The vine and the branches
|1I am the true vine, and my Father is the husbandman. 2Every branch in me that beareth not fruit he taketh away: and every branch that beareth fruit, he purgeth it, that it may bring forth more fruit. 3Now ye are clean through the word which I have spoken unto you. 4Abide in me, and I in you. As the branch cannot bear fruit of itself, except it abide in the vine; no more can ye, except ye abide in me. 5I am the vine, ye are the branches: He that abideth in me, and I in him, the same bringeth forth much fruit: for without me ye can do nothing. 6If a man abide not in me, he is cast forth as a branch, and is withered; and men gather them, and cast them into the fire, and they are burned. 7If ye abide in me, and my words abide in you, ye shall ask what ye will, and it shall be done unto you. 8Herein is my Father glorified, that ye bear much fruit; so shall ye be my disciples. 9As the Father hath loved me, so have I loved you: continue ye in my love. 10If ye keep my commandments, ye shall abide in my love; even as I have kept my Father’s commandments, and abide in his love. 11These things have I spoken unto you, that my joy might remain in you, and that your joy might be full. 12This is my commandment, That ye love one another, as I have loved you. 13Greater love hath no man than this, that a man lay down his life for his friends. 14Ye are my friends, if ye do whatsoever I command you. 15Henceforth I call you not servants; for the servant knoweth not what his lord doeth: but I have called you friends; for all things that I have heard of my Father I have made known unto you. 16Ye have not chosen me, but I have chosen you, and ordained you, that ye should go and bring forth fruit, and that your fruit should remain: that whatsoever ye shall ask of the Father in my name, he may give it you. 17These things I command you, that ye love one another.
Mount of Olives
The mountainous ridge called the Mount of Olives stretches totay from the Hebrew University Mount Scopus campus in the north to the Jewish cemetery and beyond, to the village of Silwan in the south. Between these two ends of the mountain are the olive trees from which the mountain takes its name. The area at the bottom of the mountain would have been the place for the olive gardens and an olive press, “Gat shemen” in Hebrew, from which the name “Gethsemane” comes.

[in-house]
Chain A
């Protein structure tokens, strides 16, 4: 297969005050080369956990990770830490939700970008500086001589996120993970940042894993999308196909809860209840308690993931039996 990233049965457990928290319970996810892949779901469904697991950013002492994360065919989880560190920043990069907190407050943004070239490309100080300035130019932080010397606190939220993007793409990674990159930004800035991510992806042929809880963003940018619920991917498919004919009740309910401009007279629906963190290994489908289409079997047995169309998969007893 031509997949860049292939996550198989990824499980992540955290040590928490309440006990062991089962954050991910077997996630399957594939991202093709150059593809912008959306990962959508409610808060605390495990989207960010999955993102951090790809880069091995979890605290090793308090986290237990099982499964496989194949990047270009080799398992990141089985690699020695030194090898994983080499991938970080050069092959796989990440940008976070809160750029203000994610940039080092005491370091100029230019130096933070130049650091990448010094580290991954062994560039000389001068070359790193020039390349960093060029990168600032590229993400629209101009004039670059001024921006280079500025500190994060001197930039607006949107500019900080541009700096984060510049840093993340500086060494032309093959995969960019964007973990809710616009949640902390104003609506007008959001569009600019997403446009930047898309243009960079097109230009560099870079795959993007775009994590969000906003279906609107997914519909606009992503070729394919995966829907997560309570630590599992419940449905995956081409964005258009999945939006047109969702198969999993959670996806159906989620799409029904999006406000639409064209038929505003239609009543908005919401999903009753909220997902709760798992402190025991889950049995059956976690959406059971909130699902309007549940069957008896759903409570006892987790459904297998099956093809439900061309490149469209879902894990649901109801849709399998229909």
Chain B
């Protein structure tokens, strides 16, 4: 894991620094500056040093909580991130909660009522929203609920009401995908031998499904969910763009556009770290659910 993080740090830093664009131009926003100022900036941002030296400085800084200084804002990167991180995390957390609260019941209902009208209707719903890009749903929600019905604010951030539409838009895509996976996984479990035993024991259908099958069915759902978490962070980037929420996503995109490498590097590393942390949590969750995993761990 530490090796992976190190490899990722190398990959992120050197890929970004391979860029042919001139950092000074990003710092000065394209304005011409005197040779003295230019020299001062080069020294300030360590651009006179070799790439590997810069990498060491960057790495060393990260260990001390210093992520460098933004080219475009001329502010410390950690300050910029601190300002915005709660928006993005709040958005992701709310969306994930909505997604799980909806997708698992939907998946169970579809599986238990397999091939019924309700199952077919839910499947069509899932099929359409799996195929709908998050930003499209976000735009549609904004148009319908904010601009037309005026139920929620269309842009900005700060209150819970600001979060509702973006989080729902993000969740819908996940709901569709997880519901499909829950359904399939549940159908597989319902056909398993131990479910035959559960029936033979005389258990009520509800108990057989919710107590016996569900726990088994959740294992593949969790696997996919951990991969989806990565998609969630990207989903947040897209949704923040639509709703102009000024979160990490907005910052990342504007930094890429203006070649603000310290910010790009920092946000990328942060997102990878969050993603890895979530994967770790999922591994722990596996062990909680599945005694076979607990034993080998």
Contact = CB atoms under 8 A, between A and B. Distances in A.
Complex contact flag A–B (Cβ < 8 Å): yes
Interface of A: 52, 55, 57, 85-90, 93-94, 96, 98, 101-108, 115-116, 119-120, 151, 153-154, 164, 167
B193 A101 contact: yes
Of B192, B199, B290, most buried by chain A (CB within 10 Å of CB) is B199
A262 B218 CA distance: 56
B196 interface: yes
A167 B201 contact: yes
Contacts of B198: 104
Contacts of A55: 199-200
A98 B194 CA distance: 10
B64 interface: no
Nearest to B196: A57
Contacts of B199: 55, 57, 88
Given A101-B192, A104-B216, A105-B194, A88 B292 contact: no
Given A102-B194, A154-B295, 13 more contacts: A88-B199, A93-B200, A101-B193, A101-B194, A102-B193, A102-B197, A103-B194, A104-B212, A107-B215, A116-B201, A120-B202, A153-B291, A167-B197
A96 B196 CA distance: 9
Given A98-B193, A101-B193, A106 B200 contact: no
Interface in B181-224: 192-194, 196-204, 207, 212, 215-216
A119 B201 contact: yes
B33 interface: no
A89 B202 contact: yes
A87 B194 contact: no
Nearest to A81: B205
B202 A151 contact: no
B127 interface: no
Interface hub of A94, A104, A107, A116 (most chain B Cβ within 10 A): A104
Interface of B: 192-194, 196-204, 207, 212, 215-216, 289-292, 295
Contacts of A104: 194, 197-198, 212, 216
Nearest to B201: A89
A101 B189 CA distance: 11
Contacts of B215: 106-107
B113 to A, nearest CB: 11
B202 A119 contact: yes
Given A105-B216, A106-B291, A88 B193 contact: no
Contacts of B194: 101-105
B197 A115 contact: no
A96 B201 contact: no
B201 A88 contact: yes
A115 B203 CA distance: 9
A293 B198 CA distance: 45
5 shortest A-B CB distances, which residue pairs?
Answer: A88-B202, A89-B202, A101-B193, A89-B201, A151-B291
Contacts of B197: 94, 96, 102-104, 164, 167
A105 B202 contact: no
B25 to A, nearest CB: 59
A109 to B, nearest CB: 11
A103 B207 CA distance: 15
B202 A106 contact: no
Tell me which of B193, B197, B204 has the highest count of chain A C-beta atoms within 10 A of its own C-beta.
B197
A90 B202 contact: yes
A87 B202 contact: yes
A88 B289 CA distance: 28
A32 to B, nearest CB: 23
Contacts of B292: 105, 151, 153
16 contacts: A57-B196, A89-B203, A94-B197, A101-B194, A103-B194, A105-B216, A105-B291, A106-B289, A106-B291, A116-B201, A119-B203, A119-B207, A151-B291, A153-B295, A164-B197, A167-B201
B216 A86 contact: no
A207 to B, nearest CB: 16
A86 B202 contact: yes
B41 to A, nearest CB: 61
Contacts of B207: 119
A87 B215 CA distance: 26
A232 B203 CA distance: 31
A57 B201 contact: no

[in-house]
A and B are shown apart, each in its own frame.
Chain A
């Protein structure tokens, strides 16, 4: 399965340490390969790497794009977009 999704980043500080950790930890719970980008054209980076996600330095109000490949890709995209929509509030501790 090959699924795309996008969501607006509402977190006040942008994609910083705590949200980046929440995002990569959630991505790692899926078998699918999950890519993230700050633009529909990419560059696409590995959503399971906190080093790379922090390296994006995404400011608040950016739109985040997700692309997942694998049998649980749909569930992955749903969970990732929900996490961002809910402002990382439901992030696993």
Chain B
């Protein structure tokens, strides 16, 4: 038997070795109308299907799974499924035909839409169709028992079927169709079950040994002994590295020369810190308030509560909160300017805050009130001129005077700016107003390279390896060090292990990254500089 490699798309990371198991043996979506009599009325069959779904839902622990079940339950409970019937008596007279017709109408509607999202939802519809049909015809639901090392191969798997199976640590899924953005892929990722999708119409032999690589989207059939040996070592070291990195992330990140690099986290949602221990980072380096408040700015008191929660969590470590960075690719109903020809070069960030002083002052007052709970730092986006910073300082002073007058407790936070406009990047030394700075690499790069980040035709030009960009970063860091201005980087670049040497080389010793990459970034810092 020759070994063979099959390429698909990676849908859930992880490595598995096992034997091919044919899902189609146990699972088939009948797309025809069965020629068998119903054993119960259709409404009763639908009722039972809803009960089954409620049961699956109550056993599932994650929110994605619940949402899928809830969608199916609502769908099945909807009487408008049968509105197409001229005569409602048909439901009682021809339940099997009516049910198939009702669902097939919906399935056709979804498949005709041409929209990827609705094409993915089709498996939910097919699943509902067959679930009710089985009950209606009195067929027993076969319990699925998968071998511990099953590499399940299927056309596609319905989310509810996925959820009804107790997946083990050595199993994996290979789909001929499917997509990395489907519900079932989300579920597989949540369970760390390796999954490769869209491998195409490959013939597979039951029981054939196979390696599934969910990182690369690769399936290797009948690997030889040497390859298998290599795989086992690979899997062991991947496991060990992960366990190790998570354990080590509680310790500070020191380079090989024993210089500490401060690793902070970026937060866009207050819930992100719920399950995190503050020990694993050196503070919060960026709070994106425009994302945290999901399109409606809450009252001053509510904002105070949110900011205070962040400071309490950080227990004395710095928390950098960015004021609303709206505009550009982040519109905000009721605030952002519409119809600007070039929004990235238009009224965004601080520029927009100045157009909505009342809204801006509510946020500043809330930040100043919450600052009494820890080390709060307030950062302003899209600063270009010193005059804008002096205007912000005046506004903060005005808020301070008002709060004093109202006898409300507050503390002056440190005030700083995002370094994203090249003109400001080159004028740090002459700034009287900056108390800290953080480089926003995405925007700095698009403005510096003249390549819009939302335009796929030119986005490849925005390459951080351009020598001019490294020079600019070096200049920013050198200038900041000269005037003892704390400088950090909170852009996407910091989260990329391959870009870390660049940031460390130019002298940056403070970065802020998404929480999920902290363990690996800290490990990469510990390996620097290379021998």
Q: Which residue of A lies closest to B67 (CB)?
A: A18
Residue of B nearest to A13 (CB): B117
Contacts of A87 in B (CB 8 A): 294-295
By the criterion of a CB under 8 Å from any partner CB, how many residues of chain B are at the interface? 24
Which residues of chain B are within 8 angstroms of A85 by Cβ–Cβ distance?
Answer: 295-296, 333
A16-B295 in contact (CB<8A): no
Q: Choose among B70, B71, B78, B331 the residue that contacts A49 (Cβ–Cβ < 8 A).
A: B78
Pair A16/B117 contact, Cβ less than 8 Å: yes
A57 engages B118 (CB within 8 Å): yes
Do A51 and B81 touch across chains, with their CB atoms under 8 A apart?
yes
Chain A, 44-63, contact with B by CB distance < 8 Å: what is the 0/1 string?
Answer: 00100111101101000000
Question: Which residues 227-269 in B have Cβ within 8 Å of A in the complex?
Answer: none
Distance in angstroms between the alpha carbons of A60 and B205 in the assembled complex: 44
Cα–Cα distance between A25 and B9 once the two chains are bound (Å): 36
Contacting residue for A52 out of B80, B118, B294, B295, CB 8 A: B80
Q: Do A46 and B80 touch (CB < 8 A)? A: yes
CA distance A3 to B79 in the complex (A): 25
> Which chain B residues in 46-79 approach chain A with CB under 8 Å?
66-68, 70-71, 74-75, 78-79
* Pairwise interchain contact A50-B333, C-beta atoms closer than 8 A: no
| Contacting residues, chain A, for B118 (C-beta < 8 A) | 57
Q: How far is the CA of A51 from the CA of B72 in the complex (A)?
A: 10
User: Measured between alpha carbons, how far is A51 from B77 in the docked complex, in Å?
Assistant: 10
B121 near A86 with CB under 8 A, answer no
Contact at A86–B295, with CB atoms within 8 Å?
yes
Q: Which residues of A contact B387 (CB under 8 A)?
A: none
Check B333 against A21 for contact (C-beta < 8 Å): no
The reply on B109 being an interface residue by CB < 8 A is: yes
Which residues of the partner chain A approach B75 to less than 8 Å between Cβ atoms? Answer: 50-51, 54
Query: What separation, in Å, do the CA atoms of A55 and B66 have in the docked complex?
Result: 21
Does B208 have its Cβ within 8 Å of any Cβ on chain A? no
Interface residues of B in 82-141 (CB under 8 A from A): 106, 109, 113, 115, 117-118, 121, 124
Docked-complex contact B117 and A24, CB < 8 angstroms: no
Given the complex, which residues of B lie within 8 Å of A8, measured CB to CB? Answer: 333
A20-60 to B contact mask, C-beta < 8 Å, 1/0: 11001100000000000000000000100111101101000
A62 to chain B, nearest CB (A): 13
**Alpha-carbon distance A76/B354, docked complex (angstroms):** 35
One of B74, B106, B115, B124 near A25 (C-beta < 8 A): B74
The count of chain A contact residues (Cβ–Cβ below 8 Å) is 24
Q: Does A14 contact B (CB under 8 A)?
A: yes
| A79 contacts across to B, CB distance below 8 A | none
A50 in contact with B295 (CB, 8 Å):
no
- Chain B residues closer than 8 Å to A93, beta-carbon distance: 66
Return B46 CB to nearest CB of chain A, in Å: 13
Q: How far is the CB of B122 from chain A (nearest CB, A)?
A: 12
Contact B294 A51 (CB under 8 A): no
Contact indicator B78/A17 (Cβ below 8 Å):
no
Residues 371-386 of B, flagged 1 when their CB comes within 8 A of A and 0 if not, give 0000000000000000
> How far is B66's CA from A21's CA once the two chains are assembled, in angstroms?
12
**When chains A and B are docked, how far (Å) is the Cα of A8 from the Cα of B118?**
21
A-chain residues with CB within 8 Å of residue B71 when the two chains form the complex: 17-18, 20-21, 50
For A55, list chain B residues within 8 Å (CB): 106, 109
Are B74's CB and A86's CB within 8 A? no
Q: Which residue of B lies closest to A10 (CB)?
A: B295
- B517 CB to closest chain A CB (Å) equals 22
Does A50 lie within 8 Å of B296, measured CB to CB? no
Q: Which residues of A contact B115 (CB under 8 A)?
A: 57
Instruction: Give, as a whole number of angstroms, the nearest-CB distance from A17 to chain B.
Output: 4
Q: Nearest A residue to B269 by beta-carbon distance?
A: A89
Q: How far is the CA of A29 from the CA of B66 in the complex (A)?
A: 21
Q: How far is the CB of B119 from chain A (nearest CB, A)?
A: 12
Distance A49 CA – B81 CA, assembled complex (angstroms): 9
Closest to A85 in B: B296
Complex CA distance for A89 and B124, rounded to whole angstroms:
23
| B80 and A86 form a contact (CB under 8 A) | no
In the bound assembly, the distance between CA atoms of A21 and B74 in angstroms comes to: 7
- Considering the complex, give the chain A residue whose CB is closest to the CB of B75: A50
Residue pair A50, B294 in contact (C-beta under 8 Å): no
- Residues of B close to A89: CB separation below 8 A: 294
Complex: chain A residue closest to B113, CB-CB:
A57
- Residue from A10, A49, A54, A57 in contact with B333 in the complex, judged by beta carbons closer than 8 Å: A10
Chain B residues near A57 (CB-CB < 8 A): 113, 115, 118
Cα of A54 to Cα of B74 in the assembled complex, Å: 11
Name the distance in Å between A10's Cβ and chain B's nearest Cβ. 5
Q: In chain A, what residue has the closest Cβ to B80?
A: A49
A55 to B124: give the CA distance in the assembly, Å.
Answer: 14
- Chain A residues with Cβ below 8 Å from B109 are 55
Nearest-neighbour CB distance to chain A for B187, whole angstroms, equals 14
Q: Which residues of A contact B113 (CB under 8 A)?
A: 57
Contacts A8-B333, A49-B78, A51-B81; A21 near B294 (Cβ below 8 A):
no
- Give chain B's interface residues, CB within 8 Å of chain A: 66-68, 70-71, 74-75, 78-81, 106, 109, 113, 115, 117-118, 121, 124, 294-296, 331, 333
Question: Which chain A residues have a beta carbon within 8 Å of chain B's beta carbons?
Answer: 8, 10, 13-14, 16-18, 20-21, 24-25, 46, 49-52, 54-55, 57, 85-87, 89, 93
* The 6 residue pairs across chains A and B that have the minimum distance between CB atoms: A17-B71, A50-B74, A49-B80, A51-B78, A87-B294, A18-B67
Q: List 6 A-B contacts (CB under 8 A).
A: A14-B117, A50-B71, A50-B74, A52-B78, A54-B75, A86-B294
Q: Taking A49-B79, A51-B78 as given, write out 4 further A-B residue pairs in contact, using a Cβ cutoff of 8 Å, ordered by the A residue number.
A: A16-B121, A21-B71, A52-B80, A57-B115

The gospels record on more than one occasion Jesus’ sorrow for Jerusalem as he made his way down the slopes of the Mount of Olives. It was a path he would have known from childhood from His many visits to Jerusalem.
Down the road from Bethphage He came riding on a donkey colt with palm branches symbolic of Judaea strewn along the way. “Hosanna!” (“save now!”) was the cry upon the lips of the people (Matthew 21:1-9). This prayer from Psalm 118:25 was a request for salvation. Yet Jesus knew that these cries would be changed within a week to “Crucify him!” He wept again for Jerusalem, for He knew what would befall the people in less than one generation as the city would be besieged and taken.
The Upper room, or Cenacle, commemorates the place where the last Supper was eaten and Holy Communion was instituted. The Gospels tell us nothing of the location of the house, but there is good indication it would have been on the western hill where a wealthy man would have had an upper room on his house. Archaeological excavations in the Jewish quarter show that there were large houses in this area during the time of Christ.
There is a possibility that this is indeed the correct location of the Upper Room. A church was built on this site soon after the death of Jesus. It must have survived the Roman destruction of Jerusalem in 70 A.D. Bishop Epiphanius wrote of how Emperor Hadrian made an inspection tour of Jerusalem in 130 A.D. and found “everything razed except for a few houses and a certain small church of the Christians which stood on Mount Zion in the place where the disciples returned after the ascension”. This church was destroyed and rebuilt many times over the following centuries before being handed over to the Franciscans who restored the room giving it its present Gothic appearance (14th century).